But this is an economic system that cannot function without growth; it cannot be transformed into a zero growth economy. For instance in this economy capital is invested or lent in order to earn interest, so the sum borrowed must be paid back plus interest, meaning that its use must produce more value than was represented by the investment. If that happens the economy has grown. In a zero growth economy there would be negligible scope for investing capital, confined to maintaining (or restructuring) the stable stock of productive capacity. Without growth opportunities for the investment of ever-increasing volumes of capital cease to exist. That means, without growth capitalism ceases to exist.
Further, we do not just have a growth economy, we have a growth society. This society is driven a culture of limitless acquisitiveness; the universal personal goal is to get richer and richer, without limit and the supreme national goal is the same. A society in which the GDP had been significantly reduced and did not increase would not be possible unless people willingly accepted far lower “living standards”, with no expectation of them ever increasing. That would be a totally alien culture, contradicting fundamental themes that have driven Western society for two hundred years. It is currently unthinkable.
Even if it was, how could it be done? It is not a matter of closing down coal mines and fossil fuelled power stations and transferring the workers to wind turbine installation; it is a matter of phasing out vast amounts of productive activity and plant. What are you going to do with the 55,000 workers presently producing coal in Australia? Even if economists and governments ever thought about this they would have no idea what to do.
The deterioration of the Murray-Darling river system illustrates the insoluble dilemma. The river can’t be saved unless a lot of water is transferred back to it from farming, but that would wipe out large numbers of farmers and country towns. The limits have been exceeded, but this economy can’t deal with the situation without contravening its supreme sacred principle.
The point is that there is no solution to be found within this socio-economic system, that is, within a society designed around the constant drive to increase investment, production, trade, lending, jobs, wages, consumption and wealth. The logic of the limits means that a sustainable and just society has to be designed on totally different principles, above all designed to provide a good quality of life or everyone on the lowest possible per capita resource use rates, with no concern whatsoever to get richer as time goes by.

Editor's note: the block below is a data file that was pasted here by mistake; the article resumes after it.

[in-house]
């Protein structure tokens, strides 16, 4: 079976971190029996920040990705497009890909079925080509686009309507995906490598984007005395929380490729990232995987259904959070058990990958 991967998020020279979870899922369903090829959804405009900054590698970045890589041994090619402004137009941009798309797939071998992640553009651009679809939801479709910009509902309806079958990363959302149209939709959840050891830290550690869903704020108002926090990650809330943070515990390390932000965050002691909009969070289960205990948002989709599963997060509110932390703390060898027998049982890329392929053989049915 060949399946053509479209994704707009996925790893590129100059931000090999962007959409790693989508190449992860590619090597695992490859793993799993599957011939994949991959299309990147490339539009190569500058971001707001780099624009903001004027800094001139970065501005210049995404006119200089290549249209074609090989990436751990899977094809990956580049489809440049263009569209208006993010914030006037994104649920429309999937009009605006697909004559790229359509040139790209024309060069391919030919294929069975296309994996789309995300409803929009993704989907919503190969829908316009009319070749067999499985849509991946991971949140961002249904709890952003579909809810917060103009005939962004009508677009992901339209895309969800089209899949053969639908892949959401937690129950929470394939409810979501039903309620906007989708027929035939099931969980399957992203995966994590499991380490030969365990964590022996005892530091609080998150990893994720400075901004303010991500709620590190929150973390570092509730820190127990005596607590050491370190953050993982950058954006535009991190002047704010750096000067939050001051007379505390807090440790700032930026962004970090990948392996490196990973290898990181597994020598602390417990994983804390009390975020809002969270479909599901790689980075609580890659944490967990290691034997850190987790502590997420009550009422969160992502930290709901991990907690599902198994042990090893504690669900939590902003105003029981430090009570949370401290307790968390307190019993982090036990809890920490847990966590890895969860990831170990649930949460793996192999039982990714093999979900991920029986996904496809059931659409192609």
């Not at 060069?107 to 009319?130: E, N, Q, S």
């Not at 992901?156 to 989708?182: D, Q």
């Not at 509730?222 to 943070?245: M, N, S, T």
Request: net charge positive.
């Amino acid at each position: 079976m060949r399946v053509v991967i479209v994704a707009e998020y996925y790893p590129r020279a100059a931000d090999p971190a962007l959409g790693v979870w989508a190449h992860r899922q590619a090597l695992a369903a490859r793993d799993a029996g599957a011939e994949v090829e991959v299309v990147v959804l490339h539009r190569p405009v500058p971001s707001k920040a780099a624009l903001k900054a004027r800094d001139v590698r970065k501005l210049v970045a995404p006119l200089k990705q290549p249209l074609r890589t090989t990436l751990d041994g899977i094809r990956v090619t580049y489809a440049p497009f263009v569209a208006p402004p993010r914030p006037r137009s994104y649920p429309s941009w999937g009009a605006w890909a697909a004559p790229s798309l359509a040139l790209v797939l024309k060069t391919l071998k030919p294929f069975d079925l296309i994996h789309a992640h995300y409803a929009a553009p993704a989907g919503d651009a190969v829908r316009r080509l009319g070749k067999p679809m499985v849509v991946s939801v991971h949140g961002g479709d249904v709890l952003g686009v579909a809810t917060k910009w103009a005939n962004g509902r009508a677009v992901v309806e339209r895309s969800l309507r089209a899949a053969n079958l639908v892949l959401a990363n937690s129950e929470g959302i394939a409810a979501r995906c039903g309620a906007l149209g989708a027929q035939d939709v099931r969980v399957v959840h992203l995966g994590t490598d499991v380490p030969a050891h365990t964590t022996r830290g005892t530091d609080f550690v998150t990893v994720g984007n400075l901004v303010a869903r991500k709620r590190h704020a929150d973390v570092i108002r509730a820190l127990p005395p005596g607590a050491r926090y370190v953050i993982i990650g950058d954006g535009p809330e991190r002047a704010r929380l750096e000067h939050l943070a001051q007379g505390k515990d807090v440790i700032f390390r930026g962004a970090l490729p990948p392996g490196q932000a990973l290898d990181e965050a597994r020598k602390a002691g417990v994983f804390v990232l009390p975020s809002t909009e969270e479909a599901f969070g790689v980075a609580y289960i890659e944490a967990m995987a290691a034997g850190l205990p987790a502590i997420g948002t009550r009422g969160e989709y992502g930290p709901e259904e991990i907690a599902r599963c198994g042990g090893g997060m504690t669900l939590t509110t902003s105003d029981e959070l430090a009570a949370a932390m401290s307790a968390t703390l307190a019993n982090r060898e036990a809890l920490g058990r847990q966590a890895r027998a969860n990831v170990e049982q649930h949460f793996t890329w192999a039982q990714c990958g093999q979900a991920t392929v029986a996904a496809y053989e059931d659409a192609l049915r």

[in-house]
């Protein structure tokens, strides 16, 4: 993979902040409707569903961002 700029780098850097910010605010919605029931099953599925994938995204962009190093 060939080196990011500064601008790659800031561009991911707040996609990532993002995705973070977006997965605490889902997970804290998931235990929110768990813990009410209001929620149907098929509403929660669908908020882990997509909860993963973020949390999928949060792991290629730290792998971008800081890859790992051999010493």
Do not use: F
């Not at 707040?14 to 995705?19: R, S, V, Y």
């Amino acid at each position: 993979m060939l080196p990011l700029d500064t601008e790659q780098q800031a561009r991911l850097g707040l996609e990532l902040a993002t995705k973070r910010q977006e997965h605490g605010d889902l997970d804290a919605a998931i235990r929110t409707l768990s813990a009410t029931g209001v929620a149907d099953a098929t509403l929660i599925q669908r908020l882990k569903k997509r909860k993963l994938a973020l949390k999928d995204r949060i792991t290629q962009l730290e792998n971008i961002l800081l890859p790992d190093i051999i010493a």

For decades there has been a small, ignored, simplicity movement telling you how to do this, and telling you that it could easily be done if enough of you wanted to do it. But you would have to face up to and willingly accept extremely radically different lifestyles, systems, ways, ideas and values. The basic form of such a society is detailed at The Simpler Way website. (See also simplicityinstitute.org.) It involves settlements that are mostly small, highly cooperative, self-sufficient and self-governing, devoting local resources to meeting local needs, preventing market forces and the owners of capital from making any of the important decisions, and focused on enabling life satisfaction from non-material pursuits.
Only in such settlements can the resource demands be got right down. In a study of egg supply Trainer, Malik and Lenzenfound that the dollar and energy costs from village co-ops could be less than 1% of those via supermarkets. Lockyer’s study of an Eco-village in Missouri found that per capita energy, water, fuel, transport, and power consumption costs were around 5-10% of the US average. Yet the quality of life reported in Eco-villages is higher than national averages.
This general path is being pioneered by the global Eco-village, Transition Towns, Voluntary Simplicity and De-growth movements. The government of Senegal is working to transform 1,400 communities into Eco-villages. Our fate depends on whether the mainstream comes to see the sense of these ways before growth and greed society hits the wall.
Parrique, T., et al., (2019), Decoupling Debunked. European Environmental Bureau. July. eeb.org/library/decoupling-debunked.
Ted Trainer is a retired lecturer from UNSW. Author of several books and papers on sustainability with a focus on alternatives to consumer-capitalist society. Developing Pigface Point as a site illustrating Simpler Way themes.